Housing permits dropped 5.5% in February to 1.46 million from the prior month and housing starts fell 1.5% month-to-month, according to the U.S. Census Bureau.
The Census states that housing starts are still 13.8% above the February 20109 rate of 1.28 million. Housing starts are 39.2% above last year’s rate of 1.14 million.
Housing completions fell slightly from the prior, as the Census reported a 0.2% drop in February to 1.316 million. Completions are up 1.2% from the February 2019 rate of 1.33 million.
First American’s Deputy Chief Economist Odeta Kushi said the year-over-year gains are “in our rearview mirror” as the impact of COVID-19 on consumer confidence and future home building remains to be seen.
“The most recent homebuilder confidence report, while still upbeat, is beginning to indicate early signs of Coronavirus-driven headwinds to the construction industry, particularly concerns around supply-side disruptions and future demand,” she said.
Kushi added, “The fundamentals, which drive new home sales remain—near record-low mortgage rates, a limited supply of existing homes for sale, and sturdy demand driven by millennials—a generation that is aging into the key lifestyle decisions which drive homeownership demand.”
Realtor.com’s Senior Economist George Ratiu said the most recent construction data does not account for the “dramatic shift” in the nation since the spread of the virus, remote work policies, travel, event cancellations, and monetary response.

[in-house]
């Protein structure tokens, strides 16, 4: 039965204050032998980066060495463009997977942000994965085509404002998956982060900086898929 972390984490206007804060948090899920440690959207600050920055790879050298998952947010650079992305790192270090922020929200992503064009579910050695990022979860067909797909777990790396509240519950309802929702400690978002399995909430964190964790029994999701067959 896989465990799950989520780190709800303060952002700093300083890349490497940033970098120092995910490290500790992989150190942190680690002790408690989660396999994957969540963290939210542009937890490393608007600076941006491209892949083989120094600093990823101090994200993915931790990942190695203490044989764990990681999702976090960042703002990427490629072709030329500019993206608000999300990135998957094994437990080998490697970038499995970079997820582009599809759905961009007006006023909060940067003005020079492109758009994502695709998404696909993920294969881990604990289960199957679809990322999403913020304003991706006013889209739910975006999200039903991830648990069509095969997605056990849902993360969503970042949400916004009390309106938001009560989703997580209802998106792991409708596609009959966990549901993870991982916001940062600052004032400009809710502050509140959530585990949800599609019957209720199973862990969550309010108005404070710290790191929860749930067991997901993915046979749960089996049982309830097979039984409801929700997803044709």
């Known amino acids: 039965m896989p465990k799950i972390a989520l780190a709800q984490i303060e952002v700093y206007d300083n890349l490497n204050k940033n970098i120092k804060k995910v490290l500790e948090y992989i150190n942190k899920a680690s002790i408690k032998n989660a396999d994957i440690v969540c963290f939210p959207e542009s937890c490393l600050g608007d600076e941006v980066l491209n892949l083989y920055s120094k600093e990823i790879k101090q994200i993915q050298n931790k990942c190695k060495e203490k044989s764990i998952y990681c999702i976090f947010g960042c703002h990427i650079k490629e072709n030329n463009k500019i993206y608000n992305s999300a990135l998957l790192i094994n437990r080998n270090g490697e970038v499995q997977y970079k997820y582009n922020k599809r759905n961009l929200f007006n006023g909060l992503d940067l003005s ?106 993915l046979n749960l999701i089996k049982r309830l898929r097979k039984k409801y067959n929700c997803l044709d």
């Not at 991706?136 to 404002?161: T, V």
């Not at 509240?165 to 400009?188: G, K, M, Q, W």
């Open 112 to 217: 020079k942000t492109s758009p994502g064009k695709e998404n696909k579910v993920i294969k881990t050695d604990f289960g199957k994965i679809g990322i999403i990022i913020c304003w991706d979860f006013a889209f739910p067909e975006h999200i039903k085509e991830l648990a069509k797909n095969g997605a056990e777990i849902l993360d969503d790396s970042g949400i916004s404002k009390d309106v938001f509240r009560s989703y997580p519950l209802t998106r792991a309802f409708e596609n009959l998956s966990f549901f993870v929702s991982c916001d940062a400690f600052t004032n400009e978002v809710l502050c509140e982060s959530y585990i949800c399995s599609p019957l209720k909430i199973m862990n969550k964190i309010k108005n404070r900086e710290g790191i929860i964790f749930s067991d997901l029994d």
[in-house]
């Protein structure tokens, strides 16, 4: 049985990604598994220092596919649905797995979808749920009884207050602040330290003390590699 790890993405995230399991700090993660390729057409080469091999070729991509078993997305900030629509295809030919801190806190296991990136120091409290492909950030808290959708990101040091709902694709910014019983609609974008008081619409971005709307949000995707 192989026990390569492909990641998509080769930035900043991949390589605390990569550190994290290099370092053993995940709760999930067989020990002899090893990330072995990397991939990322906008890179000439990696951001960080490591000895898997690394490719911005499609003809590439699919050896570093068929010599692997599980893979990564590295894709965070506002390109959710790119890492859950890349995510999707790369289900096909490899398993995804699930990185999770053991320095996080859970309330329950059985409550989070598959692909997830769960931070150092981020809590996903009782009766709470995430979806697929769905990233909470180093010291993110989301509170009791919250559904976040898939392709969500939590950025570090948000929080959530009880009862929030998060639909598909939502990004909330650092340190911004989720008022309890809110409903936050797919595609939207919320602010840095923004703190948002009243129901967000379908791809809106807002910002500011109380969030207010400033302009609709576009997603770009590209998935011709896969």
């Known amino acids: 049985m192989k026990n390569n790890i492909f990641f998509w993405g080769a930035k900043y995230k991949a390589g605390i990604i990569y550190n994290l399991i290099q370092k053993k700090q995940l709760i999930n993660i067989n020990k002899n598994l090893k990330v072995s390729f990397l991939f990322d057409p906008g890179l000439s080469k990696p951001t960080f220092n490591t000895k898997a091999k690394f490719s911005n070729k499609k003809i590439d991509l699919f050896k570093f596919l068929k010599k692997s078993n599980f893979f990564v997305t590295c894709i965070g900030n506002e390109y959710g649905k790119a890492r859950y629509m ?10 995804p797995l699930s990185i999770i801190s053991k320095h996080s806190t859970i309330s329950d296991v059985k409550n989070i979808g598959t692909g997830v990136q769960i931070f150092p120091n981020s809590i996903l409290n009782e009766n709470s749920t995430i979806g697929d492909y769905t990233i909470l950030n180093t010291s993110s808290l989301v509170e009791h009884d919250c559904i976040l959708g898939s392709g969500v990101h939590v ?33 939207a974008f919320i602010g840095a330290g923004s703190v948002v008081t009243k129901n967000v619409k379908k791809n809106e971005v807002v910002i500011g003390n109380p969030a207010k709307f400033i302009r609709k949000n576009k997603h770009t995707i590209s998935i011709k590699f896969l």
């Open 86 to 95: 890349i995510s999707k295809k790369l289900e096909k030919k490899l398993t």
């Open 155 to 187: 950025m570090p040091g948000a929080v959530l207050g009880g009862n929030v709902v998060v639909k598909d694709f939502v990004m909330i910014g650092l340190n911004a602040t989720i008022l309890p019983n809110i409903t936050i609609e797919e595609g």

“The massive measures being put in place in the second half of March to contain the spread of the coronavirus—social distancing, work from home policies, closures of restaurants, retail stores, libraries, and gatherings of over 50 people—are reverberating across the economic landscape,” he said. “With millions of Americans working and caring for families at home, housing is experiencing a noticeable contraction in foot traffic, which will translate into a sharp decline in home sales over the next few months. As homebuilders are likely to put projects on standby to protect their workers, construction activity can be expected to show a noticeable further slowdown in March and April.”
BuildFax’s February report on housing supply found single-family authorizations grew 0.24% year-over-year. Existing housing maintenance volume rose 6.20% annually and the volume of housing remodel grew 5.42% annually.
“The broader economy is experiencing a volatile month as the stock market and general population reacts to the implications of COVID-19,” said BuildFax Managing Director Jonathan Kanarek. “Meanwhile, housing activity remains nearly unchanged from its growth trajectory thus far. However, COVID-19 is rapidly unfolding in the U.S. and the housing market may eventually feel the weight of this outbreak. For instance, the virus may dampen spring homebuying season this year as prospective buyers could feel reluctant to attend open houses. Additionally, quarantines may lead to declines in construction work, the already strained U.S. housing supply may continue to tighten.”